Of course, this is natural as the technology is still at the prototype stage. Google says it has got colleagues across the Bay Area, New York, and Seattle connected via this platform — only some employees across a few offices have access to Starline. Their feedback would likely inform further developments.
Additionally, Google has engaged “select enterprise partners” in the areas of healthcare and media to hear what they think about Starline. The company plans to expand this trial deployment to more enterprise partners later this year.
So, a natural question would be: how many years would it take for us regular folks to use the technology?
Google hasn’t given a time frame, but it’s likely to take years. The company has said it will be back with more updates later this year.
Given that it has a whole booth system, if and when Starline gets ready, it’s likely to make commercial debut in businesses well before homes.
This is not to say that technological offshoots of this Google project cannot enhance our existing digital tools much sooner. After all, Project Starline has already been in the works for five years, and, contrary to what one might expect, not spurred on recently by the pandemic. However, only further updates can clarify the situation.
In terms of potential applications, one can imagine Project Starline — say, on the professional front — benefiting offices beyond regular communication between colleagues. For instance, it could make life easier for recruiters as job interviews between employers and candidates would feel more real and, therefore, help both parties connect better and make better assessments during the process.
Google has mentioned that they will be testing out this technology in healthcare. It isn’t known at this point what the healthcare test run would look like, but Starline certainly provides an opening to make advances in telehealth.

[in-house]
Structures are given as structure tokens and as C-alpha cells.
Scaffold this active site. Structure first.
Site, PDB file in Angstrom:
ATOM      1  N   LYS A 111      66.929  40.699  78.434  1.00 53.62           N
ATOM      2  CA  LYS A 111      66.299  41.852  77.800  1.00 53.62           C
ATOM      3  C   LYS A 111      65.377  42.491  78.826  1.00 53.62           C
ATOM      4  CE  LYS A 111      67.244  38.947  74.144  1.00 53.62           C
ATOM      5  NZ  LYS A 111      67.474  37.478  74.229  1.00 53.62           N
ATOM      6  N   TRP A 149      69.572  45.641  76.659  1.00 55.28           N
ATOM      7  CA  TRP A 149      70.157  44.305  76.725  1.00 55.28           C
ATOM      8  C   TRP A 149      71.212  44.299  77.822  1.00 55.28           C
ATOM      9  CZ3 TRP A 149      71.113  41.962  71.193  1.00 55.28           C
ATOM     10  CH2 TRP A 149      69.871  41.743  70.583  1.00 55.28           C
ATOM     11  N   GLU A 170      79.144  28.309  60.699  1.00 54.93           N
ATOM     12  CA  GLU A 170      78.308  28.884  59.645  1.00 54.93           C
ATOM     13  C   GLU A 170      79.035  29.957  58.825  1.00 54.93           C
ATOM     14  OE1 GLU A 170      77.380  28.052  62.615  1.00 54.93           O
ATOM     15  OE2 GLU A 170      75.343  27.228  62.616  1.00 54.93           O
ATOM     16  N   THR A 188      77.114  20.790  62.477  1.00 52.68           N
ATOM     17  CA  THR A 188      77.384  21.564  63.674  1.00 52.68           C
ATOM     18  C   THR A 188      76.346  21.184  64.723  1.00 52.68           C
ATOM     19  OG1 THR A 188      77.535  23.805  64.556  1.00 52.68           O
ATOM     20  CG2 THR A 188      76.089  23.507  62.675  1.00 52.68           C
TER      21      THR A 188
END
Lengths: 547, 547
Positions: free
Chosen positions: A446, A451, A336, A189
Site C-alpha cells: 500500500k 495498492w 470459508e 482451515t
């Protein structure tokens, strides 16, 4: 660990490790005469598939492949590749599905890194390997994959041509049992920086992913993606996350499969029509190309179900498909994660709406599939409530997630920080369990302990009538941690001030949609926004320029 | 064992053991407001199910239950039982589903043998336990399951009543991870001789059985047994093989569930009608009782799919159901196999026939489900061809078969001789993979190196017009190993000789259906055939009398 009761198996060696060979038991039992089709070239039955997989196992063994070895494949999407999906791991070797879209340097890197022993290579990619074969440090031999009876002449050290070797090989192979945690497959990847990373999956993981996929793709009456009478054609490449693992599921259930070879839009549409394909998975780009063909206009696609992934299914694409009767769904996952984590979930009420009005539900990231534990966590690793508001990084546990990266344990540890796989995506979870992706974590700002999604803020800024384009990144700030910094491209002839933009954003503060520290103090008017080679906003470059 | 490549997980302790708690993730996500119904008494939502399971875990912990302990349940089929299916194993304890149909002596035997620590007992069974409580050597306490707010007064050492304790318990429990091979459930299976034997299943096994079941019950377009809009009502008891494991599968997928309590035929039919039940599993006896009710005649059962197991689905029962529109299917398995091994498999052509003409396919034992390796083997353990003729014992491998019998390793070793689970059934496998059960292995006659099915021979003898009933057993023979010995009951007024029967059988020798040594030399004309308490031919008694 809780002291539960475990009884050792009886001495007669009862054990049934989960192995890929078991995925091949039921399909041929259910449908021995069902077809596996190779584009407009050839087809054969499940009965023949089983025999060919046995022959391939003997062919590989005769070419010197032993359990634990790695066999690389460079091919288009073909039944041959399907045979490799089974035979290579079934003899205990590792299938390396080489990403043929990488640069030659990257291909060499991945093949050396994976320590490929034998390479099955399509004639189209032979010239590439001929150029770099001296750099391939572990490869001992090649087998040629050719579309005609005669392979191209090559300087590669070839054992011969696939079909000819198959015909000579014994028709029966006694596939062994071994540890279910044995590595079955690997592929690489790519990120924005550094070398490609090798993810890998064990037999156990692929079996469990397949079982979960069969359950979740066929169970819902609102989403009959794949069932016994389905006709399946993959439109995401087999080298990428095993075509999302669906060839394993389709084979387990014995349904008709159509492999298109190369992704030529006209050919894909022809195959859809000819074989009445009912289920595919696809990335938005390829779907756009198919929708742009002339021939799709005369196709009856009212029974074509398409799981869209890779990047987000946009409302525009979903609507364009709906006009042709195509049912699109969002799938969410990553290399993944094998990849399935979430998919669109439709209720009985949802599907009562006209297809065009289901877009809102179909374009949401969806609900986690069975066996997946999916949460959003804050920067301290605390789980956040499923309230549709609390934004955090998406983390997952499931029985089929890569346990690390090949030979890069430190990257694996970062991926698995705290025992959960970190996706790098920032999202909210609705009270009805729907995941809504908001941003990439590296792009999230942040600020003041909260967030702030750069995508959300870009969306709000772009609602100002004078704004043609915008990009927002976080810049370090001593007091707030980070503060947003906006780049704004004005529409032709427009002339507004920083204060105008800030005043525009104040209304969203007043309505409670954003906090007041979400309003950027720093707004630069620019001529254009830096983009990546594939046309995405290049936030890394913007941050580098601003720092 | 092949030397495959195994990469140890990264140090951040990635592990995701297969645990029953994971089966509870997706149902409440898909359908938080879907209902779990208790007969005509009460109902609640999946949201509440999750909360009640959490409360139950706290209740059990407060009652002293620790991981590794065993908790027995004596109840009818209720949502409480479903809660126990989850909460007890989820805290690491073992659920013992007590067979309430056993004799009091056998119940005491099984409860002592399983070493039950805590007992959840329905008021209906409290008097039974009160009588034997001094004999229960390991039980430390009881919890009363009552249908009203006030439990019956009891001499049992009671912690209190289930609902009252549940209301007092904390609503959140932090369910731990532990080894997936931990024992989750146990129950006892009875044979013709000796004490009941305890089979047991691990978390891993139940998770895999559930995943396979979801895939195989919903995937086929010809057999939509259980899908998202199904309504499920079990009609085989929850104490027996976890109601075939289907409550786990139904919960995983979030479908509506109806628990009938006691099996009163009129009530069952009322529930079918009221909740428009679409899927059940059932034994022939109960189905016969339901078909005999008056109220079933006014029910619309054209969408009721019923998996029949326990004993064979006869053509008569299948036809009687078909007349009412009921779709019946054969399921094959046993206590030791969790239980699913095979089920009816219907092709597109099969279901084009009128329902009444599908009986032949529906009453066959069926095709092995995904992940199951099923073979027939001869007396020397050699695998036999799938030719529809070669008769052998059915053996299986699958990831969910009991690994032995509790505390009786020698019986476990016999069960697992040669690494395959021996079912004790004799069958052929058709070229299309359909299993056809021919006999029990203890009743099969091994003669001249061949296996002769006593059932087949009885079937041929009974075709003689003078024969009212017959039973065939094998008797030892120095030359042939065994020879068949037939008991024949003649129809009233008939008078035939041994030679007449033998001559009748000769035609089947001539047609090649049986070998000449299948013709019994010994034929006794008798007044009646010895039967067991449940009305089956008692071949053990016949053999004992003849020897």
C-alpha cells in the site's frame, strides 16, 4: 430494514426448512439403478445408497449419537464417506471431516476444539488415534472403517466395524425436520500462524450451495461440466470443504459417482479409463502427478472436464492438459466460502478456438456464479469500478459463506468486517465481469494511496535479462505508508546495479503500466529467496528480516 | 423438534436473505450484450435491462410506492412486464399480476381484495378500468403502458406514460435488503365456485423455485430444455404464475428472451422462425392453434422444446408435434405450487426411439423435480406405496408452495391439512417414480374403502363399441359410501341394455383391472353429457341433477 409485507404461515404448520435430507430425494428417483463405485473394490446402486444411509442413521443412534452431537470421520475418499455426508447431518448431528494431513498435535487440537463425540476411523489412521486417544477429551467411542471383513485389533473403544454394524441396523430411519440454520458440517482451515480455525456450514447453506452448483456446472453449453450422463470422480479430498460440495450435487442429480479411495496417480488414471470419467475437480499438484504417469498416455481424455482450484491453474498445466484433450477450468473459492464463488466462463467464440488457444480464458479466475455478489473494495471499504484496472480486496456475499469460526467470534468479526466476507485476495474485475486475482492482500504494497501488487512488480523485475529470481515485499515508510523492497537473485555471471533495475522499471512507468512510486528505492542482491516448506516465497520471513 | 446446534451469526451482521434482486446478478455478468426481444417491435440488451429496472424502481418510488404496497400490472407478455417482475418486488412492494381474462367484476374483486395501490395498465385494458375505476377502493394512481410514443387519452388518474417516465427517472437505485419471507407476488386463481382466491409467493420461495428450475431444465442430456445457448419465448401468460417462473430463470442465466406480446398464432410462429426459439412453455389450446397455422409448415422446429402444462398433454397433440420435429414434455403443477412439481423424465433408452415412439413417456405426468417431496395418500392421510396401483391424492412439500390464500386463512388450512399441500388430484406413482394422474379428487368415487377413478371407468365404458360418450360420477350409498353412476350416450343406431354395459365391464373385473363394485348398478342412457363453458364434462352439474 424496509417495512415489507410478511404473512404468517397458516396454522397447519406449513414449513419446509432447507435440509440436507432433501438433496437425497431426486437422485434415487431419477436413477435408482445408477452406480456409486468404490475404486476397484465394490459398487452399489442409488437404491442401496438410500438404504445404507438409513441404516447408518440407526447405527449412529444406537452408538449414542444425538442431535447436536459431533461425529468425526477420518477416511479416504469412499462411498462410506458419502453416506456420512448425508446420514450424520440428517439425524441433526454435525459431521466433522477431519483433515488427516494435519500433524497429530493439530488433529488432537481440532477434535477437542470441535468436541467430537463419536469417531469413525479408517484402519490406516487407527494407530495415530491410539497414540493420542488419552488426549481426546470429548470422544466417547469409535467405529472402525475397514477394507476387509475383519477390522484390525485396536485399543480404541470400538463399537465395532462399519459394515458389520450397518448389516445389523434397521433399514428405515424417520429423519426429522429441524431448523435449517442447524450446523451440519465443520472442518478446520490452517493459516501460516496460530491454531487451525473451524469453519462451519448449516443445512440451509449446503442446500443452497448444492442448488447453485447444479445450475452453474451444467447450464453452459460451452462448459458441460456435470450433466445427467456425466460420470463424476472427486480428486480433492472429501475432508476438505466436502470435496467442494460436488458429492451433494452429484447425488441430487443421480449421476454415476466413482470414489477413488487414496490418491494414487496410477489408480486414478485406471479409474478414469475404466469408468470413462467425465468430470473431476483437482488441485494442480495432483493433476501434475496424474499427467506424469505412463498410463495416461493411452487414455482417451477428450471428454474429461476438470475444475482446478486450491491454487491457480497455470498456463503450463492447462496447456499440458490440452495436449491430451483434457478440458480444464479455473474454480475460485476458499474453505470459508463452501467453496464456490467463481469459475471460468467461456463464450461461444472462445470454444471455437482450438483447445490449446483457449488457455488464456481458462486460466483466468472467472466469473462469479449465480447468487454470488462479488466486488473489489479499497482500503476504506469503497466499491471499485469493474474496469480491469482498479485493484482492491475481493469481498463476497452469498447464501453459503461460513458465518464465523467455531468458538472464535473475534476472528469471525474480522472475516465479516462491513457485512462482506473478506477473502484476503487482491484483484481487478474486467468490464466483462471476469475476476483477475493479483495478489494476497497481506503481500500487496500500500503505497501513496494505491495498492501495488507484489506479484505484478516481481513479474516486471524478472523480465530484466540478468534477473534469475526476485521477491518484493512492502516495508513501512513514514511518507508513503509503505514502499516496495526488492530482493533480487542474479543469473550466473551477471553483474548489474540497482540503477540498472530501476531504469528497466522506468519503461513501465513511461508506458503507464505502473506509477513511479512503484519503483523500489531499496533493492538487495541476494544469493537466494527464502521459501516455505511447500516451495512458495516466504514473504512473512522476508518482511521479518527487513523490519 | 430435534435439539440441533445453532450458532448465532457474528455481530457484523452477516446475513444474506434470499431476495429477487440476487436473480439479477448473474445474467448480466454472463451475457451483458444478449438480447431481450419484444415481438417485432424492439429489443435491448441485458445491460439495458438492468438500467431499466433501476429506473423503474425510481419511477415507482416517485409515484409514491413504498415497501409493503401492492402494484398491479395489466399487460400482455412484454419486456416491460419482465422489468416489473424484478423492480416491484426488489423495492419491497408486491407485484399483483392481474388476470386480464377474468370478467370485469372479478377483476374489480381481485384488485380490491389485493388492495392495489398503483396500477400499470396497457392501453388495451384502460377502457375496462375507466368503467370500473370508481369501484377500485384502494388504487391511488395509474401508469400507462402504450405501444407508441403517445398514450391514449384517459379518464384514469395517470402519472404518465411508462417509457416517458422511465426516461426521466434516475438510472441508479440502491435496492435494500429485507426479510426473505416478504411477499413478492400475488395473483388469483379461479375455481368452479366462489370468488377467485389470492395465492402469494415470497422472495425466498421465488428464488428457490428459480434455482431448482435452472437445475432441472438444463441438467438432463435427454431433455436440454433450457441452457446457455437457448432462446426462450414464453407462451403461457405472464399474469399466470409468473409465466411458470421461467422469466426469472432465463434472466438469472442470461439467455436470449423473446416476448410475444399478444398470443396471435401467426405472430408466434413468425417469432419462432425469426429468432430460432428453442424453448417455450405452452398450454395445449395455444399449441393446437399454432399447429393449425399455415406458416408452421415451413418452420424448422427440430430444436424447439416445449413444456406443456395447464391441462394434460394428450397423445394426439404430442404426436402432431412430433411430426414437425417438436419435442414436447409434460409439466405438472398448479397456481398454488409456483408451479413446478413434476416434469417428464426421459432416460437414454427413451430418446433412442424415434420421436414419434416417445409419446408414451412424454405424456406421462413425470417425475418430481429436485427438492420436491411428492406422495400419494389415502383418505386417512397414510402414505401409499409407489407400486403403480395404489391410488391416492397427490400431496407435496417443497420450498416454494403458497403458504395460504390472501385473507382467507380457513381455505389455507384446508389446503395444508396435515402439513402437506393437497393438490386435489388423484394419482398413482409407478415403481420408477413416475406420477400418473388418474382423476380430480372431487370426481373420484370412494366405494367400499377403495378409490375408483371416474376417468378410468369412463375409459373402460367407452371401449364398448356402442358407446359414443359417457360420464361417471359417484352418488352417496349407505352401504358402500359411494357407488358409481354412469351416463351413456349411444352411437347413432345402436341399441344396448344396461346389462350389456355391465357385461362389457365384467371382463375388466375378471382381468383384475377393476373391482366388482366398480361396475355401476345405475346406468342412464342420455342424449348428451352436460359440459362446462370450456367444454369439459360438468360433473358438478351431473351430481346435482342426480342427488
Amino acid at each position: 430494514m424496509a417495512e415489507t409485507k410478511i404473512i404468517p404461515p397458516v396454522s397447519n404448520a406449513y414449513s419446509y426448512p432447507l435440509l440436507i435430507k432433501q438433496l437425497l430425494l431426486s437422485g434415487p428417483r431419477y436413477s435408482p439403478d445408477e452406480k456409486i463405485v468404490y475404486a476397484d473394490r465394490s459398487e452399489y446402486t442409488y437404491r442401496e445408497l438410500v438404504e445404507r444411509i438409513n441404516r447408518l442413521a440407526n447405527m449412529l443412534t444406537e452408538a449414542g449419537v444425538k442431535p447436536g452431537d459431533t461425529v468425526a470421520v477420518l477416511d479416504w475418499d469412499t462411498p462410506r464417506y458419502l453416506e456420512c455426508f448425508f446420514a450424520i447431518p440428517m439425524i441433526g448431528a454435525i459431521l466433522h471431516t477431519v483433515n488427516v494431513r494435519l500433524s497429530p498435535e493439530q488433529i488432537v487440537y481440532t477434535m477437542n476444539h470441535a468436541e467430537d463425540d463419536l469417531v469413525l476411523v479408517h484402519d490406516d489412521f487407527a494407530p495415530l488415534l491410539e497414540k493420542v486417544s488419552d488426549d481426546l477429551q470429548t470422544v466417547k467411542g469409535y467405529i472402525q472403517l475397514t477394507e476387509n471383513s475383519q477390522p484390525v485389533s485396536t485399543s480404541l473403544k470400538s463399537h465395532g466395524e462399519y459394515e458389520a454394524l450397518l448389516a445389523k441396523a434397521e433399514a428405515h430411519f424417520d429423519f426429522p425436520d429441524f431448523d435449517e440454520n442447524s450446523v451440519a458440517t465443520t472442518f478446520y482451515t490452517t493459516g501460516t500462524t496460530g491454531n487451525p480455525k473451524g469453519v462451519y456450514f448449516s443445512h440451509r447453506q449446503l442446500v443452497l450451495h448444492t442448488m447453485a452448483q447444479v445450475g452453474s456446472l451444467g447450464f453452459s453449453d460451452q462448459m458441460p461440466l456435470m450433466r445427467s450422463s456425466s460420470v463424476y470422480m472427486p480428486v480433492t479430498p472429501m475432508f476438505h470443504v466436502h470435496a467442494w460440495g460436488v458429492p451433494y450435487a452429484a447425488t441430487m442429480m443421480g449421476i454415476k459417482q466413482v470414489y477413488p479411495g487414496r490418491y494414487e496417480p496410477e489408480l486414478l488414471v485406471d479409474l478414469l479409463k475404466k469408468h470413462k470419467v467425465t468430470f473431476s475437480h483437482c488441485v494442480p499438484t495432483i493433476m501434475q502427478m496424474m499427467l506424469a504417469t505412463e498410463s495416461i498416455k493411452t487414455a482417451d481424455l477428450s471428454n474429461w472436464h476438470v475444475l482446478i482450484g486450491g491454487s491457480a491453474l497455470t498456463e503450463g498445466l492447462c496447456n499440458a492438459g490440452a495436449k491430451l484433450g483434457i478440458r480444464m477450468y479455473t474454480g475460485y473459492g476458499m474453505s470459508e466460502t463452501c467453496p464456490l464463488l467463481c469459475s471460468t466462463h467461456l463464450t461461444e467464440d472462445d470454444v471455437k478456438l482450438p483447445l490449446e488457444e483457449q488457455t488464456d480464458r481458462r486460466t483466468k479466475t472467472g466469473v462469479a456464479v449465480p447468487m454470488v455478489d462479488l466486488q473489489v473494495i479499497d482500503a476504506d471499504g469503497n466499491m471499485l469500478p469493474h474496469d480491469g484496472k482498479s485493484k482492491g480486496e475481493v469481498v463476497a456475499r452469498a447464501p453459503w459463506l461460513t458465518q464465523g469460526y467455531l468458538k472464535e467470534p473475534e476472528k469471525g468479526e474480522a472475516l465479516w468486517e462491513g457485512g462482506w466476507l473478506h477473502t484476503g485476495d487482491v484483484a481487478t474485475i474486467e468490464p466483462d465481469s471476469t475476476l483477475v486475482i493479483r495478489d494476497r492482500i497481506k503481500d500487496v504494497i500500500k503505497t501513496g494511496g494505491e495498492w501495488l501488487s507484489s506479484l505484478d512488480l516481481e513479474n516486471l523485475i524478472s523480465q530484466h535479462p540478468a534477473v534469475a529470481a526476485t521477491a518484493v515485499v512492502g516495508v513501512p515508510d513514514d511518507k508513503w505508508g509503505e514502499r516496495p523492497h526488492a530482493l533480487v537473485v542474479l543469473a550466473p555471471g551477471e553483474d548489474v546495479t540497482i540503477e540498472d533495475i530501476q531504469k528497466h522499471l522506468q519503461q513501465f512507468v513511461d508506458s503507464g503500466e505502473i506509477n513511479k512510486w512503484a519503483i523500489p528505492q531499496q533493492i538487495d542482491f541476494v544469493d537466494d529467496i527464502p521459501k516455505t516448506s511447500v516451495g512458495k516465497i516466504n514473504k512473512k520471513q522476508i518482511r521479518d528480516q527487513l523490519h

As a possibility, a Reuters quoting a research engineer says that a patient in a doctor’s office could virtually connect with a specialist located far away with the help of the technology.
With respect to challenges — the entire setup, including the booth and sensors and lights and cameras, and not to forget “custom-built hardware and highly specialized equipment”, makes one wonder how accessible and affordable Starline will be if and when it’s ready for commercial deployment. Mobility is an important factor in future technologies.
In addition, in its current form, Starline seems to be designed for use by two individuals, each one seated on either end of the screen. As mentioned earlier, the Wired writer testing out Starline found that the 3D image turned to 2D with just a few inches of sideways movement. What would that mean for video conferencing between multiple people and in cases where, say, movement would be involved?
Google previously worked on virtual reality (VR) — a means to enable a person to interact with a simulated environment in 3D. The company had come out with its VR headsets Cardboard and Daydream, but the general public didn’t seem to take a liking to them. As a result, Google cut back on its VR offerings. It both Daydream and Cardboard from the market.
But leaving its VR venture behind, Google may be on to something with its Project Starline. With the right tweaks and tuning, it may just be a way to help connect humans better in an increasingly virtual world. Hopefully, updates from Google later this year will give us more insights into this ambitious project.